It was good worship today – not perfect, but good – and as one parishioner noted, it thundered during the baptism, which was cool of the Holy Spirit.  It’s so good in the fall to have everyone back together, the fullness of worship and hymns and prayers and rambunctious kids in the children’s moment and all that.

But truth be told, when the service started, I had already done my worship for the day.

Fearfully and Wonderfully Made

bagpipe darthI was talking with a church member yesterday, who told me the following story.  Over the weekend she and her family had gone down to the waterfront, where they encountered a person wearing a Darth Vader mask riding a unicycle while playing the bagpipes.  Let me repeat:  a person wearing a Darth Vader mask riding a unicycle playing the bagpipes.  Only in Portland.

All of which got me to thinking:  we really are fearfully and wonderfully made, and then we add to that.  Some add tattoos and piercings; some add pounds, stretch marks, cellulite.  Some add hair color, some shave their heads.  We add contact lenses and titanium hip joints and pig valves in the heart.  Our hearts add other stuff too: grief and joy, regret, disappointment that washes everything to a dull grey, hope for something better the next time around.

As a pastor, I think a lot about the community of fearfully and wonderfully made people, and the “I” and “we” of that, and the tension of individual desires and needs and the common good of the community.  Even after twenty years in ordained ministry, I struggle with pastoring well to everyone, knowing that that is an impossible yet necessary (but maybe not necessary) goal.  Several years ago, Duke Divinity School professor Stanley Hauerwas observed that in the modern day, ministry had reduced to a pastor being “a quivering mass of availability.”  While that is the shortcut to burn out, there is something about the pastor being available, or present, or caring for, our fearfully and wonderfully made folk.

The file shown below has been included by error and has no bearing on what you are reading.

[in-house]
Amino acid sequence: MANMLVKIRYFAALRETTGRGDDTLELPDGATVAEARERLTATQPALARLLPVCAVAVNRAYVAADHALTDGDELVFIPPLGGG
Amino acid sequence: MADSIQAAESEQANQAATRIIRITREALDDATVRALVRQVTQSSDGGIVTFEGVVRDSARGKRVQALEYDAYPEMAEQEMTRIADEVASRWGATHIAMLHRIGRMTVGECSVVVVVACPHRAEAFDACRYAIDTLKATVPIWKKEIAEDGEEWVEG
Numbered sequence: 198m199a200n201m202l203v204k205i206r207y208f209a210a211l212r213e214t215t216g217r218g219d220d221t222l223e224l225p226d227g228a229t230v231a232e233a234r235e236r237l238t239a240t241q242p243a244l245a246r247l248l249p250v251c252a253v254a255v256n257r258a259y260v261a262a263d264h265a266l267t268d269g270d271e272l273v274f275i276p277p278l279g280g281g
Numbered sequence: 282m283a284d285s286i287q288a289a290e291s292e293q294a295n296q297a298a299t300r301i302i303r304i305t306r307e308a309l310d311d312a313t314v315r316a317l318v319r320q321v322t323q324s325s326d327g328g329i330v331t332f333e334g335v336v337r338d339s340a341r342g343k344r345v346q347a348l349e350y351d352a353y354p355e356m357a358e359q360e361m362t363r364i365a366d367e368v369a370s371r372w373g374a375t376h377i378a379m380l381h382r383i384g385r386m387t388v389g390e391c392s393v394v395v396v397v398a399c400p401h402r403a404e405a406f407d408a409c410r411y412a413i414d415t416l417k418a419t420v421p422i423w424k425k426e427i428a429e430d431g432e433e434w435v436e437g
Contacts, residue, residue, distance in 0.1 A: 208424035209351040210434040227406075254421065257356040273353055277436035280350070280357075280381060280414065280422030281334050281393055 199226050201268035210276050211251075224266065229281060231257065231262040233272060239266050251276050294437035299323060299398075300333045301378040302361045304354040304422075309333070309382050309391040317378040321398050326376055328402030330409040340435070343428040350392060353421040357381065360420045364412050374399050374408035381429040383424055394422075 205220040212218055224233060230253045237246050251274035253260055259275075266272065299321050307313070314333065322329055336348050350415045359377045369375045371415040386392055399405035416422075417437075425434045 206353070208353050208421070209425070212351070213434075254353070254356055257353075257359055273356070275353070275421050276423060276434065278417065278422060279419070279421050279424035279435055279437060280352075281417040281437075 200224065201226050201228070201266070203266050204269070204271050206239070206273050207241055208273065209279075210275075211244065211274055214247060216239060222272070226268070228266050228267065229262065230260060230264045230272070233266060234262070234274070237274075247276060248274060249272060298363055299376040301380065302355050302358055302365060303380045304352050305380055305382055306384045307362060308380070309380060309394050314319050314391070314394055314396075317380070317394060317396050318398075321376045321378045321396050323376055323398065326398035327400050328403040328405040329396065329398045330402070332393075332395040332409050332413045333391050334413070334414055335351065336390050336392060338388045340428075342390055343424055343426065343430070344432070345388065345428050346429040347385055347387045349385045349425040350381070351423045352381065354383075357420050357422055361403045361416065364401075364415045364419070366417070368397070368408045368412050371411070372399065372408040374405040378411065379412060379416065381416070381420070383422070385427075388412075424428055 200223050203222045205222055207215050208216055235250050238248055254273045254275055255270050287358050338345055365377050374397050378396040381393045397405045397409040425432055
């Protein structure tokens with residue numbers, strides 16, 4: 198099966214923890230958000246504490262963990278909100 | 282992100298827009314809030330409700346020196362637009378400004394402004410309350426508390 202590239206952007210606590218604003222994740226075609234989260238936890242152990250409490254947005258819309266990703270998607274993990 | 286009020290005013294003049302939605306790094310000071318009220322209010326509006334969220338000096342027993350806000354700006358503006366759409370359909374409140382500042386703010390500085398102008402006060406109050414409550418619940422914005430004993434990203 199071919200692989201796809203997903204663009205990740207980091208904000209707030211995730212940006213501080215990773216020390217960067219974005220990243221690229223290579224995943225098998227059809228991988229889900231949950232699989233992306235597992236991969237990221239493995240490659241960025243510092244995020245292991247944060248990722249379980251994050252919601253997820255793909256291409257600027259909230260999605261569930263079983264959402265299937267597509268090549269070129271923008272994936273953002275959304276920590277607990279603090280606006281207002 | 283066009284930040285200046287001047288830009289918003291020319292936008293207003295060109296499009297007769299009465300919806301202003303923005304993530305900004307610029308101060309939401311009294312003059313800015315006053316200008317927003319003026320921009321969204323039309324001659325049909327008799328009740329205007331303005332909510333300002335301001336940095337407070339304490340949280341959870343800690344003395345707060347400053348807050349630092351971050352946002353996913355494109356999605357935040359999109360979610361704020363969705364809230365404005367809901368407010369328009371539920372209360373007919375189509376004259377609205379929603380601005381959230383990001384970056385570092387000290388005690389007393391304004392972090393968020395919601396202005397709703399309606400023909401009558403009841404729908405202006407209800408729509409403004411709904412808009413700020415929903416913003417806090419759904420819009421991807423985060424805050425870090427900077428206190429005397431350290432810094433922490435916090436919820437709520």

And we aren’t always.  Every time I drop the pastoral care ball, I lose sleep, and the Tums rest on the bedside table for a while.  I hate letting people down, and I do it, and so there’s some therapy in my future, I think.  And I wonder what role grace plays in all of that.

Do I have enough grace to rejoice that someone delights in riding the Darth Vader/Bagpiper unicycle?

Do I have enough grace with myself not to wallow in my regret and self-judgment?

Am I holding out grace as the tie that binds the fearfully and wonderfully made community together?  Do I teach that, and do I practice that?

It takes grace to ride a unicycle, and to play the bagpipe.  I’m not sure I would say that grace is needed to wear a Darth Vader mask in public – courage, maybe, or divine foolishness.  I think there was some grace involved in our creation, too – fearfully and wonderfully and gracefully made.  Amen to that.